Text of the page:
Microsoft Files 2 Lawsuits Alleging Online Ad Fraud

Microsoft files lawsuits accusing a Web publishing company as well as unnamed defendants of taking part in an emerging type of click fraud known as click laundering.

Microsoft filed two separate lawsuits the week of May 17 describing an emerging form of fraud affecting online advertising.

The lawsuits, filed in the U.S. District Court for the Western District of Washington, accuse a company called RedOrbit and unnamed defendants of being involved in click fraud-related activity Microsoft calls "click laundering."

"Online ad fraud is evolving in sophistication all the time," Brad Smith, senior vice president and general counsel for Microsoft, said in a statement. "Fighting it demands vigilance and dedication to an honest and secure online marketplace. We believe that a trusted marketplace is critical to Internet commerce, and Microsoft will continue to take aggressive action working with industry and law enforcement to protect our platforms, customers and advertisers."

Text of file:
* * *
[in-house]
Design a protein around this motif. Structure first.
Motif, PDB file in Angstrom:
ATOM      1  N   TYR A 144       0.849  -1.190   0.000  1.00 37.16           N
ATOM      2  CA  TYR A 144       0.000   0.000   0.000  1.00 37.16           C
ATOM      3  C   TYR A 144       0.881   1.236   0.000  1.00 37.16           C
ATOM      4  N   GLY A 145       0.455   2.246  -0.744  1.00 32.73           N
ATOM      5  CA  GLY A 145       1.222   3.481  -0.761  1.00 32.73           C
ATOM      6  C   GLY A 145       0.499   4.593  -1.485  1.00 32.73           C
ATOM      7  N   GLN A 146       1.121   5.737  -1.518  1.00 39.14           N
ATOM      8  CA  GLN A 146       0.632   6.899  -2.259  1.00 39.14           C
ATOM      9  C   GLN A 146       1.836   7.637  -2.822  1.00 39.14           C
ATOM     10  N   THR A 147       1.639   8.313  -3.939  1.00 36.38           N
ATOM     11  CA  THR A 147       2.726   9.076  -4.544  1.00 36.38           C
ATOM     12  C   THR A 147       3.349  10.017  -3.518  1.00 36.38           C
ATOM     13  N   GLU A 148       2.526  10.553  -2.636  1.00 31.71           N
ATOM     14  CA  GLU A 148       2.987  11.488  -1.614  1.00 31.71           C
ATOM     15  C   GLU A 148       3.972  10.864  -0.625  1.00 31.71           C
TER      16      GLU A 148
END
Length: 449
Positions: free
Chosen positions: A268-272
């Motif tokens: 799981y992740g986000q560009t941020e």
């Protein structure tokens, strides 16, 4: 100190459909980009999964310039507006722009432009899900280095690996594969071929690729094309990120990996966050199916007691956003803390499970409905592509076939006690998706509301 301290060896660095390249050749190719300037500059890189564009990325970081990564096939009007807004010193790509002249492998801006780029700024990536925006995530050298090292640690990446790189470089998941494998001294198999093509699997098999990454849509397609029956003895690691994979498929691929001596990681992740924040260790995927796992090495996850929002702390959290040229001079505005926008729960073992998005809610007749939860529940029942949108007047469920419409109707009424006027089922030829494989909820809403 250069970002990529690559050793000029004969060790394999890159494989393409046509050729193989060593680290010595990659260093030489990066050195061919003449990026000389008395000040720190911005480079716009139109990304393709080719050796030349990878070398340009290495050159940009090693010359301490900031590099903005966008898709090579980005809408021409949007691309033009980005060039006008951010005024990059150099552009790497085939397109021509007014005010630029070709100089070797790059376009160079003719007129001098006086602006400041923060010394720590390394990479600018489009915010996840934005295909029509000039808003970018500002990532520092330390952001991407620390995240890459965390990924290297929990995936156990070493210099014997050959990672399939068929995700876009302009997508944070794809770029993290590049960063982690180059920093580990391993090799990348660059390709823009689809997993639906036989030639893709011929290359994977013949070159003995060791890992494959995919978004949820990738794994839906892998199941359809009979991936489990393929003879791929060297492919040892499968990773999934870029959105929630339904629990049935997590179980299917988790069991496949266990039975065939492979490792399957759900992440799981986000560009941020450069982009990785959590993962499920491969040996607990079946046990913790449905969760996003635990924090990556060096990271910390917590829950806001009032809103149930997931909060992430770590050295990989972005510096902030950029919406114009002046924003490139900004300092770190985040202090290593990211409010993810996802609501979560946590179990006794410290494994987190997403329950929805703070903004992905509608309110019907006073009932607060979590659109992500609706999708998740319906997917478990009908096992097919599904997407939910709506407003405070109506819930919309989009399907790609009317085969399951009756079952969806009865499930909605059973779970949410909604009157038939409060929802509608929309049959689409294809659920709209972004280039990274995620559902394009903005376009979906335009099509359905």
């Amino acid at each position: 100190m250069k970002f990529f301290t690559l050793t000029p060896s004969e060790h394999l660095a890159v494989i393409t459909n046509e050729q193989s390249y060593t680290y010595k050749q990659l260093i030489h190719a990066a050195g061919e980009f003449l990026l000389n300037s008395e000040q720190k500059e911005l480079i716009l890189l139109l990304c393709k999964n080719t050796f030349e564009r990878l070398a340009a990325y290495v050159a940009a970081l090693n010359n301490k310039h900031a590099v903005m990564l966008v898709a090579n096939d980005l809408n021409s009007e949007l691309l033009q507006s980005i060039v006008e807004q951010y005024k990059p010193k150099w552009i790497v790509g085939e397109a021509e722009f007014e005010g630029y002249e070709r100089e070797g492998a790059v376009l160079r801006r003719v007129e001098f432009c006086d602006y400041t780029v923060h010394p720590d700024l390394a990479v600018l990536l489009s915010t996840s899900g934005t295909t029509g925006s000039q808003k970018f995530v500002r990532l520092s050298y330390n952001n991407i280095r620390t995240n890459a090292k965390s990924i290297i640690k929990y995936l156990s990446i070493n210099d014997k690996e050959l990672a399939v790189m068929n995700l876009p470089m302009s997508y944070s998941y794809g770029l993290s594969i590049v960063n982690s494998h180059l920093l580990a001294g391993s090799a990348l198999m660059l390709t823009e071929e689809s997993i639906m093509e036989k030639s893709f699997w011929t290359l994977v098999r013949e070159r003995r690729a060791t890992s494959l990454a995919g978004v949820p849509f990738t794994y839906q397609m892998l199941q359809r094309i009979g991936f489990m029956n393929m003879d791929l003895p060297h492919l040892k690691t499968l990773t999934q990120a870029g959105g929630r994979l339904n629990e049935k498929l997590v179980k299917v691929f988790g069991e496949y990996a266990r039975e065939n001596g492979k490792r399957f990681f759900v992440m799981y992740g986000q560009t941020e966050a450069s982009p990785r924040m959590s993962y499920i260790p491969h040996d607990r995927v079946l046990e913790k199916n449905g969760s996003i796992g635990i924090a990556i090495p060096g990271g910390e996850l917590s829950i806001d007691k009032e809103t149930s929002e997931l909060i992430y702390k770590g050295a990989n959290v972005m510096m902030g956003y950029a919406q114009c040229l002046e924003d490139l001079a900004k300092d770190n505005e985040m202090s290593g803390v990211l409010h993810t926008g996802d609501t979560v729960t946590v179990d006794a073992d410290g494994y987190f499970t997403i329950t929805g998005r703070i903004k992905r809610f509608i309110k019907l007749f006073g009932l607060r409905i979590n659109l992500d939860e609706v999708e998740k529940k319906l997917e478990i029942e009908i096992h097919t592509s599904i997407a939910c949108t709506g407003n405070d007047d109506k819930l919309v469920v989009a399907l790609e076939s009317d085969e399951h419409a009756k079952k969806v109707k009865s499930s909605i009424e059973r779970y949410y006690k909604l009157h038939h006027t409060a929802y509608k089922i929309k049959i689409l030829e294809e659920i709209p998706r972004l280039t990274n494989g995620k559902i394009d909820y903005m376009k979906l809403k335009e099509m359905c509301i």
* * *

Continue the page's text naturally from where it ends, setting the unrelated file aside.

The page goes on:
According to Microsoft, click laundering makes invalid ad clicks appear to originate from legitimate sources. After click fraudsters trick unsuspecting users into visiting Websites and unknowingly clicking on advertisements, click laundering can disguise the origin of the invalid clicks by using scripts and other methods to dodge fraud detection systems.

The activity detailed in the lawsuits was uncovered, according to Microsoft, after a dramatic and irregular growth in click traffic on two sites within Microsoft's AdCenter network. Often botnets are powering click fraud scams, as indicated by research from Click Forensics that tied botnets to more than 40 percent of all click fraud in the third quarter of 2009.

Microsoft described the suits as part of an ongoing attack on threats to the online advertising ecosystem. Earlier the same week, the company settled a lawsuit filed in 2009 involving allegations of click fraud in auto insurance verticals and the "World of Warcraft" online game. Terms of the settlement are confidential, but Microsoft described the settlement as successful.